- Diocletian is the only Roman Emperor to abdicate?
- Roman cement used to build the palace used slaves blood as congealment?
- Brac, a nearby island, produces the limestone used throughout the city and was even used to build the White House!
- The Fish market in Split is one of the rare markets not to have an insect problem due to the sulphuric levels (trust me, I don’t blame the insects for staying away! For a person who isn’t a fan of seafood, mixed with sulphur, there was certainly an overpowering stench!)
On the tour you can learn interesting titbits like the ones above and much more!
Cost: 90kn / €12 pp
Diocletian’s Palace, Cathedral and Bell Tower
This was certainly the highlight for us. As soon as you walk up to the palace’s exterior, you can immediately see why it is recognised as a UNESCO World Heritage Monument. The palace, which took only 10 years to build, and the Cathedral of St Domnius are still in amazing condition and so well-preserved since it was originally built in 305a.d. – Do the math, that’s a hell of a long time to still be standing! Can you imagine anything built today to still be standing in 1,710 years??? In fact, the cathedral is one of the oldest cathedrals in the world still in original condition!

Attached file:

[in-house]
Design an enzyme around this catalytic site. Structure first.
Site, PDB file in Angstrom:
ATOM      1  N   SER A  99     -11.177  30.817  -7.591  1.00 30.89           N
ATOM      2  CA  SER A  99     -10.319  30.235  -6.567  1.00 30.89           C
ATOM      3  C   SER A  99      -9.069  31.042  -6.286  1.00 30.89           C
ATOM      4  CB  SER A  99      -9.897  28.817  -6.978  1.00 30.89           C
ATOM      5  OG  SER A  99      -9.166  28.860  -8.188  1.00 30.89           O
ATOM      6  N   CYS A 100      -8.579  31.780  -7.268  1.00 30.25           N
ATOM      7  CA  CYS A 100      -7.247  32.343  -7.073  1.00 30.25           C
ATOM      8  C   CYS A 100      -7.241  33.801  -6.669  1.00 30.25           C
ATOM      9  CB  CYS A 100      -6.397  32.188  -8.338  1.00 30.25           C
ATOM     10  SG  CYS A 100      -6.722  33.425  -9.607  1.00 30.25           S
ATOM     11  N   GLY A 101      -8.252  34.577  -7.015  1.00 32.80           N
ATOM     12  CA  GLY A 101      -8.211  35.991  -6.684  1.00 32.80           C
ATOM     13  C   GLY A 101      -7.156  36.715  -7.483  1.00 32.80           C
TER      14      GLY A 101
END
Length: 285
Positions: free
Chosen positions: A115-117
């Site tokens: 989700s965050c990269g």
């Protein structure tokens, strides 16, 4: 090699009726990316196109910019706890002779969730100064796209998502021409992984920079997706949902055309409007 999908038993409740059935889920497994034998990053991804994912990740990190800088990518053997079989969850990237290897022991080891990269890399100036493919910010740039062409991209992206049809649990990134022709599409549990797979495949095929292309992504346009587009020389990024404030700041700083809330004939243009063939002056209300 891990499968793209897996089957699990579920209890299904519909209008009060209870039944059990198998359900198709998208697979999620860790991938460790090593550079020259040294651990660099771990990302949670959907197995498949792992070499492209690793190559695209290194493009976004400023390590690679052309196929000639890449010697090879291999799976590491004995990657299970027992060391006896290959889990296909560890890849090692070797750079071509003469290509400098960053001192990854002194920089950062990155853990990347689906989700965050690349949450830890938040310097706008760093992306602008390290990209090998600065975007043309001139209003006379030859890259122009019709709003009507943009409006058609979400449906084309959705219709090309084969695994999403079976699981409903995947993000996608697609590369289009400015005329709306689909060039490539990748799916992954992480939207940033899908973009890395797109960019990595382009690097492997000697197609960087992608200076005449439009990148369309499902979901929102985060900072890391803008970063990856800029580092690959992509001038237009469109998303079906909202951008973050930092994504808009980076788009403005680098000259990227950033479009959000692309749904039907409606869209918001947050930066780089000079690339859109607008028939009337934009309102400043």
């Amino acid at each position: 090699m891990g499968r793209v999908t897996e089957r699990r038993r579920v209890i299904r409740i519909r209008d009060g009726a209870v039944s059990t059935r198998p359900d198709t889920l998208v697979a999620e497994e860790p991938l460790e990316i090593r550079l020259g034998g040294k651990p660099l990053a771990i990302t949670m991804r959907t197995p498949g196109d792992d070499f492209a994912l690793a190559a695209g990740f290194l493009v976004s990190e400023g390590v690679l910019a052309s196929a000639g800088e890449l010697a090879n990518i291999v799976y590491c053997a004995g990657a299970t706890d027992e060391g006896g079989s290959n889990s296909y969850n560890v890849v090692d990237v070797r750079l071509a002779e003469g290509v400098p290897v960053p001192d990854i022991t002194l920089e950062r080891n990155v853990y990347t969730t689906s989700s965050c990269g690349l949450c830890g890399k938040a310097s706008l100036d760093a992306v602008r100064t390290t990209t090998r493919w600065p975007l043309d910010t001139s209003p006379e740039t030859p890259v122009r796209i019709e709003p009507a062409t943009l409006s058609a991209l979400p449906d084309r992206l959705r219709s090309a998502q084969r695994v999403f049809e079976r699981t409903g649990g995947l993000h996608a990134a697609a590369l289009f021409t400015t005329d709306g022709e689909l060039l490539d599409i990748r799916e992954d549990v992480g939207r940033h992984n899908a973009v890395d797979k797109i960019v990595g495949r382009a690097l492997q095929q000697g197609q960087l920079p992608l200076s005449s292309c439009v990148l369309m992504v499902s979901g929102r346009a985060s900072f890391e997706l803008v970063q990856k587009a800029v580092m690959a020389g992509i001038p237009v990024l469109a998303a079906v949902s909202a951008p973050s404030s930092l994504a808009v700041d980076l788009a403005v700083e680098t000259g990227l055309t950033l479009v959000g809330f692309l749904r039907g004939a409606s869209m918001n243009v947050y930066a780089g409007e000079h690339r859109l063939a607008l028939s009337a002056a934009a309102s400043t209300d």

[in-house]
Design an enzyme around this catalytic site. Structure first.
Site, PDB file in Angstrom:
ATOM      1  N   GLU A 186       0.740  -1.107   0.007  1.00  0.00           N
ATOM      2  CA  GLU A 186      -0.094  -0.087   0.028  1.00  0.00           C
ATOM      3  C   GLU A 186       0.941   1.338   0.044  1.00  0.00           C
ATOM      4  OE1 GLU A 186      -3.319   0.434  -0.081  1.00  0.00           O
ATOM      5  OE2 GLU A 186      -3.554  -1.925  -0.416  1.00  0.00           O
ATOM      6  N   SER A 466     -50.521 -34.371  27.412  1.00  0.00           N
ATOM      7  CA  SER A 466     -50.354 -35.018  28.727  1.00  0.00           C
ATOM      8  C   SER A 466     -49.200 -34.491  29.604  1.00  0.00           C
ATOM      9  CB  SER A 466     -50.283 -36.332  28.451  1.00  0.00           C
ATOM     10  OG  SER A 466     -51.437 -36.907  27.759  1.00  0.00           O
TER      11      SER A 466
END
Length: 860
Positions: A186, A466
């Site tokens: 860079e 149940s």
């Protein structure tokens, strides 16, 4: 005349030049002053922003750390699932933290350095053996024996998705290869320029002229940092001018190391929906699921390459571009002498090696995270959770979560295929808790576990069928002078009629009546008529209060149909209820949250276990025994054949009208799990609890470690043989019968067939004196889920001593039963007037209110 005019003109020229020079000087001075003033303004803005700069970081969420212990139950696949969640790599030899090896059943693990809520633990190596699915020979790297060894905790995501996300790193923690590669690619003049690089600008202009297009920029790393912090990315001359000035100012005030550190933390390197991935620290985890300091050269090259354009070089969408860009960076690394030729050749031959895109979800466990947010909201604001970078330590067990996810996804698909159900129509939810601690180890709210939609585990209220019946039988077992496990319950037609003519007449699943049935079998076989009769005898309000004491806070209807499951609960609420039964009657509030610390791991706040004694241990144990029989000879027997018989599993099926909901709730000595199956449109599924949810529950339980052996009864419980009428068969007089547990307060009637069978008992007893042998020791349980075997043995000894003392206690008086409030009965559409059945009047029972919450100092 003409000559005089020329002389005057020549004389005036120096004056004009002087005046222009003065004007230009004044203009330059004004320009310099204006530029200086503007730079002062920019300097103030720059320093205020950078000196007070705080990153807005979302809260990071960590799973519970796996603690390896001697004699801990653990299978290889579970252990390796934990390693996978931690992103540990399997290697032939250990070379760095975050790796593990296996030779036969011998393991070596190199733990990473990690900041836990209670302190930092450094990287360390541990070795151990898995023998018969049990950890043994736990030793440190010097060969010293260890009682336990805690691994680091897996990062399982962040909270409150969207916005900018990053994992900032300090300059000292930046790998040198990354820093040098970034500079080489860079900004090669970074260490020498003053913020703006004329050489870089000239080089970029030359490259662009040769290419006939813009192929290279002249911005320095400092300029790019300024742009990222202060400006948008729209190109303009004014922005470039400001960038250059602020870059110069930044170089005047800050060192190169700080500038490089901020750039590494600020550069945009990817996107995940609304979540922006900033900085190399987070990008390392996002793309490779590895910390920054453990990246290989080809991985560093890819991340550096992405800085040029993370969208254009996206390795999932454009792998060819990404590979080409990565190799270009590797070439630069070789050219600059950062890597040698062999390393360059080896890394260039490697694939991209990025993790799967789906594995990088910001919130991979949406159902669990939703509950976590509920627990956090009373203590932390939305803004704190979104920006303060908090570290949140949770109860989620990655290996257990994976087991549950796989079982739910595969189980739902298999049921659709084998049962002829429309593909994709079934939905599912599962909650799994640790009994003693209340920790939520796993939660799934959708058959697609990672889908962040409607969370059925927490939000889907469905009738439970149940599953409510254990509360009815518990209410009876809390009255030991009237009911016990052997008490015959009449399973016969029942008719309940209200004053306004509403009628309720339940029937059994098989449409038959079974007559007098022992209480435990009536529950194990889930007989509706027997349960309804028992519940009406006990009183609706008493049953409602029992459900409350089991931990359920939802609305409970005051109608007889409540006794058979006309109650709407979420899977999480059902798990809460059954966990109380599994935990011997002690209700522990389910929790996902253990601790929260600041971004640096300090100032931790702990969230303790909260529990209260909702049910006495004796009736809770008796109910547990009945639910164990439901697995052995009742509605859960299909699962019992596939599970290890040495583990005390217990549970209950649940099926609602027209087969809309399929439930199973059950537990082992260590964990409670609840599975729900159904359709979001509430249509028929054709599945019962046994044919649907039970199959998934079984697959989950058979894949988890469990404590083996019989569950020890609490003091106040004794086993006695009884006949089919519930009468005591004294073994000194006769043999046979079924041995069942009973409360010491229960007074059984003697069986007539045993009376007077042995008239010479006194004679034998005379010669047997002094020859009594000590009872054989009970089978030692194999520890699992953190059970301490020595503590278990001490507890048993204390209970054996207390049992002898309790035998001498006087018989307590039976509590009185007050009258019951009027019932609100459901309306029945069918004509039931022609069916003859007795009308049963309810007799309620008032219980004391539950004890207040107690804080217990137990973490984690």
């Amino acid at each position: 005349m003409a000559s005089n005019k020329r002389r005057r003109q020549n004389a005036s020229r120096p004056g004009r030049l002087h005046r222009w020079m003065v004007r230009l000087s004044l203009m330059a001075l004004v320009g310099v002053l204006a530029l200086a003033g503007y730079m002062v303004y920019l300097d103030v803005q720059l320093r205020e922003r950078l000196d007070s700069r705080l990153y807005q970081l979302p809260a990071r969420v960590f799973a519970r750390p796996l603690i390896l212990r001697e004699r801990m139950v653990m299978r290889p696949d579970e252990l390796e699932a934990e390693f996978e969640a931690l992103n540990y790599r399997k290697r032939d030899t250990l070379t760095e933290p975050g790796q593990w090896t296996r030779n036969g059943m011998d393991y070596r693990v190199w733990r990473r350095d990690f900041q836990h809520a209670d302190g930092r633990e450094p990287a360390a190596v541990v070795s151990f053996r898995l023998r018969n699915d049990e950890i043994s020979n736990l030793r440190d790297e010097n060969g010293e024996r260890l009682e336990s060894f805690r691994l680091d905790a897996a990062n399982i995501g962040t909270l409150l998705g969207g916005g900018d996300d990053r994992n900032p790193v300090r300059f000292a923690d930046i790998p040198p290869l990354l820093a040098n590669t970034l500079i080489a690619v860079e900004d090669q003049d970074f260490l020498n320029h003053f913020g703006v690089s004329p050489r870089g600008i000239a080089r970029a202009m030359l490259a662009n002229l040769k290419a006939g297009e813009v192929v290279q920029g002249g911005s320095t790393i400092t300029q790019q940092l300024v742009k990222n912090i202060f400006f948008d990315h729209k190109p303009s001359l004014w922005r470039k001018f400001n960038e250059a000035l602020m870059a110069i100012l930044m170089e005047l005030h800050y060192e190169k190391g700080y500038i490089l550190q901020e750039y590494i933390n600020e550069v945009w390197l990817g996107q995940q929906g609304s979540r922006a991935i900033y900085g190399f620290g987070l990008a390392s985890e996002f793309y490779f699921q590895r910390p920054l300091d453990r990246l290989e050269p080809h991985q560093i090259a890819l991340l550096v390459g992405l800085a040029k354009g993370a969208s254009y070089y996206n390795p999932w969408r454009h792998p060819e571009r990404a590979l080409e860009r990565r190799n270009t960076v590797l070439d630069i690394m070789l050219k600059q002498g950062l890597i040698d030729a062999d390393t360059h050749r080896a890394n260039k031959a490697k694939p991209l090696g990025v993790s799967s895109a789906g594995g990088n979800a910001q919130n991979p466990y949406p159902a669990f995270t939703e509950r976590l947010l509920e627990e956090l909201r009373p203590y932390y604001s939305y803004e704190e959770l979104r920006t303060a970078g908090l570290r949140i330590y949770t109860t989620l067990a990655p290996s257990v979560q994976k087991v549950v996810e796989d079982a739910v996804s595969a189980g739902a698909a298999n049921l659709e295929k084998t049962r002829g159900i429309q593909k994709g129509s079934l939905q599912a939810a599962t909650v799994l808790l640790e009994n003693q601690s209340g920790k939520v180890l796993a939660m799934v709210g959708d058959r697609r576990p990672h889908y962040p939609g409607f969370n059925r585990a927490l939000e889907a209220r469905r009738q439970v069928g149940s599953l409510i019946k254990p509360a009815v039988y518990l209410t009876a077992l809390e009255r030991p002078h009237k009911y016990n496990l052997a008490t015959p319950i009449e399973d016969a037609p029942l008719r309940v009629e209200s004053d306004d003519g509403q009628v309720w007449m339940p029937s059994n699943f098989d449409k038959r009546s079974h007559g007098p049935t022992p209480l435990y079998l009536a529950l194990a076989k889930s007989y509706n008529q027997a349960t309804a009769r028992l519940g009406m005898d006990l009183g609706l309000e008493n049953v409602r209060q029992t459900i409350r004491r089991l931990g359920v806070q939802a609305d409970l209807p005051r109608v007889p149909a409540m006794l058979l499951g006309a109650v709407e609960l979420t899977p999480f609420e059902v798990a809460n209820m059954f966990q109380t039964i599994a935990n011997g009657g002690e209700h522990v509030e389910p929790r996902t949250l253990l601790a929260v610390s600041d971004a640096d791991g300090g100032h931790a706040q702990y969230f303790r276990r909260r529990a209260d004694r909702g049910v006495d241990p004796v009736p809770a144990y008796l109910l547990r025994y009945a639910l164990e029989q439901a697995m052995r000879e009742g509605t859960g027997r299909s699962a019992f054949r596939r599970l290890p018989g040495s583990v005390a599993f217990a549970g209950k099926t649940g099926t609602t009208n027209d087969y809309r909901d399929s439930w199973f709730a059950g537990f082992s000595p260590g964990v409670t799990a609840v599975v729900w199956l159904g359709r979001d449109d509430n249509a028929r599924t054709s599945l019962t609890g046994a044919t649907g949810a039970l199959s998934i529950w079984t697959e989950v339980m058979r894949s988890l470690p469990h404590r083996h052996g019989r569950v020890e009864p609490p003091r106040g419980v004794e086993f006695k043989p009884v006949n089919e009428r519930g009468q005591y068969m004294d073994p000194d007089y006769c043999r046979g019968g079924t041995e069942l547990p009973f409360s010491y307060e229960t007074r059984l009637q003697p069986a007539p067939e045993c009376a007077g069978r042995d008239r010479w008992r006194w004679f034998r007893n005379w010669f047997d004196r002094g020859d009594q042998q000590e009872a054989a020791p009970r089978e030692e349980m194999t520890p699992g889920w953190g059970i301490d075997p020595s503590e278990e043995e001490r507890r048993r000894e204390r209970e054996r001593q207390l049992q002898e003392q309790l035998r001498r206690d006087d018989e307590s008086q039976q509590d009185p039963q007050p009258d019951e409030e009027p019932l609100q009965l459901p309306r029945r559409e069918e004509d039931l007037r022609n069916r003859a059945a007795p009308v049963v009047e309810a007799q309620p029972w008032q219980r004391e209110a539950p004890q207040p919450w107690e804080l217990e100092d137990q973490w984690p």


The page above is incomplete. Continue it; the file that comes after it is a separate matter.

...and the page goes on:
The bell tower though is a different story. It took over 400 years to build (from the 13th to the 18th centuries) and in the last century had to be restored, so it’s quite “new” in comparison to its historical counterparts. Be warned that the stairs are so steep that you have to practically lunge up them, but the 360º views from the top are worth it.
Oh, and for all the Game of Thrones fans out there, the palace has several scenes of Daenerys’ story filmed there.
Cost: You can wander through the main areas of the palace for free, however, if you want to visit the cellars, the bell tower or the cathedral, you will have to purchase tickets.
A combo ticket to enter the Cathedral, Bell Tower, Treasury, Crypt and Baptistery is 45 kn (or you can purchase separate entries at individual rates).
Entrance to the cellars of Diocletian’s Palace is 40kn per person.
Tour to the Islands & Blue Cave
This is a full day tour offered by every man and his dog lining the port. You can also buy tickets through the travel agencies throughout the city. It seems as though all the prices are the same, but some tours will try to put as many people on a boat as possible and don’t include lunch, so it’s good to check before booking. We booked through Amaranthus tourist agency and our tour was run by Split Tours and there were only 16 (including the driver) of us in total.